Didn’t there used to be more hens around here?

I recently fell into the free-range chicken farmer’s nightmare: missing hens. A few scatterings of feathers where hens had been nabbed, but obviously a lot more hens are missing than that.

Couldn’t happen at a worse time — during the upswing of the farmer’s market season. Demand for free-range eggs is increasing and I have a sharply reduced supply of hens, and therefore eggs.

I’m rounding up the usual suspects: tightening up the electric fence, finishing up the field mowing so there’s less cover for predators, setting snares on the obvious predator trails into the woods, asking around if anyone has some spare hens or started pullets to sell, ordering more chicks, and giving pep talks to the hens to lay six eggs each every day until the crisis is resolved. Except for the snares, all of this amounts to closing the barn door after then horses have escaped.

I figure it has to be bobcats again. The fact that there’s no chicken blood or body parts on the field seems to mean that the hens were nabbed and then carried off bodily (not eaten on the spot or dragged). This requires that the predator jump the electric fence while carrying a chicken. It takes a pretty big predator to do this (even with fences as low as mine) — bobcats, coyotes, or possibly cougars, or maybe even humans. But the M.O. is just the same as my last bobcat outbreak.

In the past, snares have worked wonderfully against bobcats. If you set ’em right, you get the miscreants and nothing else. The thing is, most bobcats aren’t chicken thieves, but the ones that are will kill every one of your chickens unless stopped. So it’s best to declare war only one the bad boys. The fly in the ointment is that the bobcats are so stealthy that you can be in big trouble before you realize that you have a problem at all. You can’t catch a predator with a snare you haven’t set.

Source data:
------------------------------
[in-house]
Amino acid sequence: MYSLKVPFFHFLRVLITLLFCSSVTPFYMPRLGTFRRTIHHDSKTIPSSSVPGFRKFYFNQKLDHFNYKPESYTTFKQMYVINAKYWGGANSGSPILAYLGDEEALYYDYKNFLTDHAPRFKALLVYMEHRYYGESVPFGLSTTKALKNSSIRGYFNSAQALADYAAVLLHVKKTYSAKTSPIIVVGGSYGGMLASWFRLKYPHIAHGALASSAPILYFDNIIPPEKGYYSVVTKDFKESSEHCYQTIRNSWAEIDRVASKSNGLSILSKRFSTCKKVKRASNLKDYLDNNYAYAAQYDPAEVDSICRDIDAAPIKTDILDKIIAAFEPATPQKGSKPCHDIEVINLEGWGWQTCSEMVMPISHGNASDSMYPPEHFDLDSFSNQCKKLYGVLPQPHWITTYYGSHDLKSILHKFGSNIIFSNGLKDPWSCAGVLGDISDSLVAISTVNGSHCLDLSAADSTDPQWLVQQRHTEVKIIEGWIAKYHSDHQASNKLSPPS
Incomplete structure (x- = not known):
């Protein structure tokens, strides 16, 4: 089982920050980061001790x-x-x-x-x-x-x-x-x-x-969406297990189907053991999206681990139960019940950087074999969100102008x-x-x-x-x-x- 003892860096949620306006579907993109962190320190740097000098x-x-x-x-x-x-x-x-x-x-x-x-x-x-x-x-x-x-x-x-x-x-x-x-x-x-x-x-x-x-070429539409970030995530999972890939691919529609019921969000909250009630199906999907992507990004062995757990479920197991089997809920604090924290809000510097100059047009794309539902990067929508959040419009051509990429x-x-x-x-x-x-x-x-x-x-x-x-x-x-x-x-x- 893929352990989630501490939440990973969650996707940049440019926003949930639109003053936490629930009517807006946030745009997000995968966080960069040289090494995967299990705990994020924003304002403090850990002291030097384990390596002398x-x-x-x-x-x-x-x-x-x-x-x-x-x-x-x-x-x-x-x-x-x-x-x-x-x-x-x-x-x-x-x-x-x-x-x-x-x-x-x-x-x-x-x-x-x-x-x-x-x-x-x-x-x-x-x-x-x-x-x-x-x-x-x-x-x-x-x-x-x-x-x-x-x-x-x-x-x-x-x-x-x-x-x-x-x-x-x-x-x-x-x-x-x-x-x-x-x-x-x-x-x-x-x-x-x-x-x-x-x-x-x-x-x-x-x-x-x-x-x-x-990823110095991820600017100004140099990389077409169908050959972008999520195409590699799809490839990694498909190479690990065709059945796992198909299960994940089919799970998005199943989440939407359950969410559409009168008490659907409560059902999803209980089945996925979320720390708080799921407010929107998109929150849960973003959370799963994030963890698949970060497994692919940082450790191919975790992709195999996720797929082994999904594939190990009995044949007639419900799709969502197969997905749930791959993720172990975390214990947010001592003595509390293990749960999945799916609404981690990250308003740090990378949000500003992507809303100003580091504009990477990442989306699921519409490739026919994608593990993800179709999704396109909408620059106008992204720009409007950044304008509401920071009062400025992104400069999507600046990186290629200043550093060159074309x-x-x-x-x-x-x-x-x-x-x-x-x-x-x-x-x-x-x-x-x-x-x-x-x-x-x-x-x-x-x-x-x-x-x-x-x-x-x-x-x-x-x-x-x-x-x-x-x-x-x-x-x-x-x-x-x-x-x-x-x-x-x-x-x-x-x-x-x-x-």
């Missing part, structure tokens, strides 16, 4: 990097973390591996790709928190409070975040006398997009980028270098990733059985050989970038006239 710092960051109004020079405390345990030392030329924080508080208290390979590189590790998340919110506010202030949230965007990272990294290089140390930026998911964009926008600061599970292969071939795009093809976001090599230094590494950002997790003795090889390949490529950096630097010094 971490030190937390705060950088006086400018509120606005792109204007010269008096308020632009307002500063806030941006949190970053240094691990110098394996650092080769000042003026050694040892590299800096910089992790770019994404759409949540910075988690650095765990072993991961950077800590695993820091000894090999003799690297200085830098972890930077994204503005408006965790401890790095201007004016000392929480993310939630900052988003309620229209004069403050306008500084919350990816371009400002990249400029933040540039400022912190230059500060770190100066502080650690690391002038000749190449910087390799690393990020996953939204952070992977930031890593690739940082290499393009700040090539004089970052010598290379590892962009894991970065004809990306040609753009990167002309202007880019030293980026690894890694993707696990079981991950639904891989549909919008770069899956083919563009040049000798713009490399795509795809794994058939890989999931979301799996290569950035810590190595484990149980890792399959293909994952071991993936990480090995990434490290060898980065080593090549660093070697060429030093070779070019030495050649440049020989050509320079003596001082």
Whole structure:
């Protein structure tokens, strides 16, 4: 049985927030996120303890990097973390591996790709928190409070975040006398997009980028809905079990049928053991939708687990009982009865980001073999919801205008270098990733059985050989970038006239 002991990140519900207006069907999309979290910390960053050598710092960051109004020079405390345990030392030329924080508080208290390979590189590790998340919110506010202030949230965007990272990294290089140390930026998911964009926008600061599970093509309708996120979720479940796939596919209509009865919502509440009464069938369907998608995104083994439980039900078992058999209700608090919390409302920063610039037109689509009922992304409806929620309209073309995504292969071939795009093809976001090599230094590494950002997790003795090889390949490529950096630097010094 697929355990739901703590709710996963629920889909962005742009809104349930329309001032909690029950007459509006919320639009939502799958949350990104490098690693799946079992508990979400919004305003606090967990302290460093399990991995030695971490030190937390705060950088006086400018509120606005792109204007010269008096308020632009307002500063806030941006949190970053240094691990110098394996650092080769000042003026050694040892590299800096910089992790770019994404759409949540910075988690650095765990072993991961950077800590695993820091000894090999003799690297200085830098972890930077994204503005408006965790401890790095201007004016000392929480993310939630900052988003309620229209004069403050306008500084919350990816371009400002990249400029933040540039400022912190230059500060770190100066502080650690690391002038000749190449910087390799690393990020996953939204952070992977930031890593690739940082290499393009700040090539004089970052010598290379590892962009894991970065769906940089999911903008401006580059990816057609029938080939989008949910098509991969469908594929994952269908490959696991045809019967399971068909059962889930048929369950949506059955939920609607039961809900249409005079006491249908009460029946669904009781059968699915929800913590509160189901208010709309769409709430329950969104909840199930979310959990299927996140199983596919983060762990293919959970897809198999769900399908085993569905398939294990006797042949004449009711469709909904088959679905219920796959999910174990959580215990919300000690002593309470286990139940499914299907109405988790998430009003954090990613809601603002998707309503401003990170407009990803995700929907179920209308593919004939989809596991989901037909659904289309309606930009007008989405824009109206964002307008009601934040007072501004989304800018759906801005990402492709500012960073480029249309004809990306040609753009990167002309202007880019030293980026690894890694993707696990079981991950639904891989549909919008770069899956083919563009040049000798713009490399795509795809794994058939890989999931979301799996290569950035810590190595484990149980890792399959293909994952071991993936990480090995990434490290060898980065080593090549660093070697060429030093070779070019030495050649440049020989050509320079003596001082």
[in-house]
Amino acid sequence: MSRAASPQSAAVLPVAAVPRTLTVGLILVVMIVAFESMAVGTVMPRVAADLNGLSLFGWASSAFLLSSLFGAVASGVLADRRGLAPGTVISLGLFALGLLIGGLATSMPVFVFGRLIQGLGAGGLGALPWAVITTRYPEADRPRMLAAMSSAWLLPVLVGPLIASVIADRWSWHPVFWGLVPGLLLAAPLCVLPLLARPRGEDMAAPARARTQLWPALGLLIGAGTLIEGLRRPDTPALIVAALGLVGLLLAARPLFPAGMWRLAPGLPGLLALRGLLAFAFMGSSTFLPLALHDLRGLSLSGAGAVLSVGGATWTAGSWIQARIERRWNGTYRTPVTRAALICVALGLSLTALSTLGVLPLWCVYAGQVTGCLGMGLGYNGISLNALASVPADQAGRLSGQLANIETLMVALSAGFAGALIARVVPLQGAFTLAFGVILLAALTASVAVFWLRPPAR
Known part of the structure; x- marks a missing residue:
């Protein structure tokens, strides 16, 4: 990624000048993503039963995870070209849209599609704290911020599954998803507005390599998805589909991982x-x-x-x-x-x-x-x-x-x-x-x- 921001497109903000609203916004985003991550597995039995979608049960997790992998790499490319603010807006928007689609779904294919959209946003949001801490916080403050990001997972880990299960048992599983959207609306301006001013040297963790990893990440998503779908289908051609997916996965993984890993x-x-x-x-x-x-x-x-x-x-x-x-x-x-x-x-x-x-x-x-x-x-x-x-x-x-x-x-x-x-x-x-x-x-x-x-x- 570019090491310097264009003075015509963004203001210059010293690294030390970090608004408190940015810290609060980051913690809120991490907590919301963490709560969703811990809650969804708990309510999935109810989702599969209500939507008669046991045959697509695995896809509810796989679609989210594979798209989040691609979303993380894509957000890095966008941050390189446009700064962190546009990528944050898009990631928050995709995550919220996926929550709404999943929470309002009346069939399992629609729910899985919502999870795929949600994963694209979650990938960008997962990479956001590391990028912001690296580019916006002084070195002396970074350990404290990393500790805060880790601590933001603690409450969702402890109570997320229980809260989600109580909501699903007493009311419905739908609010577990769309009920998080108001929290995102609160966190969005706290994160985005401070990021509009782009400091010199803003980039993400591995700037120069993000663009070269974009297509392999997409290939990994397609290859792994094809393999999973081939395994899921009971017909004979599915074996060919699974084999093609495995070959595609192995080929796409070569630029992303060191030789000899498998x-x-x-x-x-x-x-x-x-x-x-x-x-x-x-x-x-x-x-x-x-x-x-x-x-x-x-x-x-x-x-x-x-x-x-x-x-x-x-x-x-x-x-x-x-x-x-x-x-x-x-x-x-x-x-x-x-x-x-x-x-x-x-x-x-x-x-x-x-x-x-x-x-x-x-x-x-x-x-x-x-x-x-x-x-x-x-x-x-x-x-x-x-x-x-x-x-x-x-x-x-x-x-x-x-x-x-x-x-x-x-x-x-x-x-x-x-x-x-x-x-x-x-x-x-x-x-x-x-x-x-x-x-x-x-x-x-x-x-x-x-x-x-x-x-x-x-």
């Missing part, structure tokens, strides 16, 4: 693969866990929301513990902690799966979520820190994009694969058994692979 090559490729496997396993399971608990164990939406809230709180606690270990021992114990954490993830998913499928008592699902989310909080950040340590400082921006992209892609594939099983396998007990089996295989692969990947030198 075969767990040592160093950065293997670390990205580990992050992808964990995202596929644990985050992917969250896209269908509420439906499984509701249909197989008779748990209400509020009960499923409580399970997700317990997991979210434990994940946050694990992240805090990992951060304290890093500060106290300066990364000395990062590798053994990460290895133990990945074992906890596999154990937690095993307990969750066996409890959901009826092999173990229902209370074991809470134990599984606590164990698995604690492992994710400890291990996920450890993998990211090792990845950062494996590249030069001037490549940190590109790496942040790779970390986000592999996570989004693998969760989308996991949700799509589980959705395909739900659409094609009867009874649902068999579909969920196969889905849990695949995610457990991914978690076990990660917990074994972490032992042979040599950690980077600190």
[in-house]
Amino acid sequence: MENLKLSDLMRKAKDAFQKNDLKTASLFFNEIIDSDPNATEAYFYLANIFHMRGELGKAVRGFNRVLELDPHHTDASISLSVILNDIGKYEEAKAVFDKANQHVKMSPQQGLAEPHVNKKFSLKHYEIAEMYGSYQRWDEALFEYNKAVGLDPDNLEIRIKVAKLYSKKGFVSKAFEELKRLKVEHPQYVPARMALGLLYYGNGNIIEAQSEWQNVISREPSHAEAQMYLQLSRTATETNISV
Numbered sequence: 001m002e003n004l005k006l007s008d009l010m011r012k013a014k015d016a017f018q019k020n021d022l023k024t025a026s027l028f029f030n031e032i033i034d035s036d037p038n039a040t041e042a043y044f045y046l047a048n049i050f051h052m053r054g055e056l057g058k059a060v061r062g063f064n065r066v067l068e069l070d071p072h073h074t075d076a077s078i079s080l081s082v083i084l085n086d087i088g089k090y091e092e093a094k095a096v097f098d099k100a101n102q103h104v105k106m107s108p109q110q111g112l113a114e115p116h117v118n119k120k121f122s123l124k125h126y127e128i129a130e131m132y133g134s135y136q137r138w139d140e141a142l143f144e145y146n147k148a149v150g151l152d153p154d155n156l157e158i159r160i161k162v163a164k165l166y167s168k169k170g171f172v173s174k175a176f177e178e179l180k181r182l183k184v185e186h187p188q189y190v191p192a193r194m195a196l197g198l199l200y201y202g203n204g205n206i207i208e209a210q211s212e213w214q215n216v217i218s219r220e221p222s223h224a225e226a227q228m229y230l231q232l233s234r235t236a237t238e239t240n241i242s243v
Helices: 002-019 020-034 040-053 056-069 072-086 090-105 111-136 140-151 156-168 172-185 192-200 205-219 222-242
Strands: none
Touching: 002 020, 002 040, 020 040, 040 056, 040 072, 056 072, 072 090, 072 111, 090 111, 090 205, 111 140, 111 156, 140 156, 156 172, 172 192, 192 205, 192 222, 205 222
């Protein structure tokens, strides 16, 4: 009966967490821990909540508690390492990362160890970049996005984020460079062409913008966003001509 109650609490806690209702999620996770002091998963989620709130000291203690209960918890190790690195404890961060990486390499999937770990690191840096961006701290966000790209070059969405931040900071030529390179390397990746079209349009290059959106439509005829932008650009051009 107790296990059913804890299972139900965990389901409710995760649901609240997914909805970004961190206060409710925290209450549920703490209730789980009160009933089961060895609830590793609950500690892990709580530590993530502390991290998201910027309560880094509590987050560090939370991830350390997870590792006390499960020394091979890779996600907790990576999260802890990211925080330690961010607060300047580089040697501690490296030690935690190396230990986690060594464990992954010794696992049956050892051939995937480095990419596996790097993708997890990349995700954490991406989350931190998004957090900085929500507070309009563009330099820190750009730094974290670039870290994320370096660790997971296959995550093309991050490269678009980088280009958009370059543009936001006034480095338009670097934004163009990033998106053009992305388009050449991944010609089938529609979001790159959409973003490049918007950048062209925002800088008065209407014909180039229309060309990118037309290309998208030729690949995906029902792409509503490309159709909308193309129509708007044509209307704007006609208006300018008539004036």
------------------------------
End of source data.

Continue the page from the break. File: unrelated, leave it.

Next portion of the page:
What I’m supposed to do, in order to prevent disaster when Mother Nature deals from the bottom of the deck, is to start a new batch of pullets every couple of months, so there’s a steady stream of replacement hens. There’s a fairly brisk demand for pullets in my area, so I can start way more than I need and still come out ahead.

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Thoughts? Questions? Comments?

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Author: Robert Plamondon

Robert Plamondon has written three books, received over 30 U.S. patents, founded several businesses, is an expert on free-range chickens, and is a semi-struggling novelist. His publishing company, Norton Creek Press, is a treasure trove of the best poultry books of the last 100 years. In addition, he holds down a day job doing technical writing at Workspot.

3 thoughts on “Didn’t there used to be more hens around here?”

  1. Robert can you expand on the market for pullets in your area? What do they sell for and what are the favorite breeds?

    I am over in Dayville and have a good location for growing pullets. I am far away from egg markets. I would like to grow pullets in the same way a cow-calf rancher produces calves. Then sell the pullets ready to lay just like a rancher sells the calf to another person who grows out calves. I may be better off producing ready to lay chickens than producing Eggs.



  2. Grrr, I hate the bobcats! Please tell your OR bobcats not to let my NH bobcats know that they can jump the fence. Ours don’t seem to have figured that out yet.

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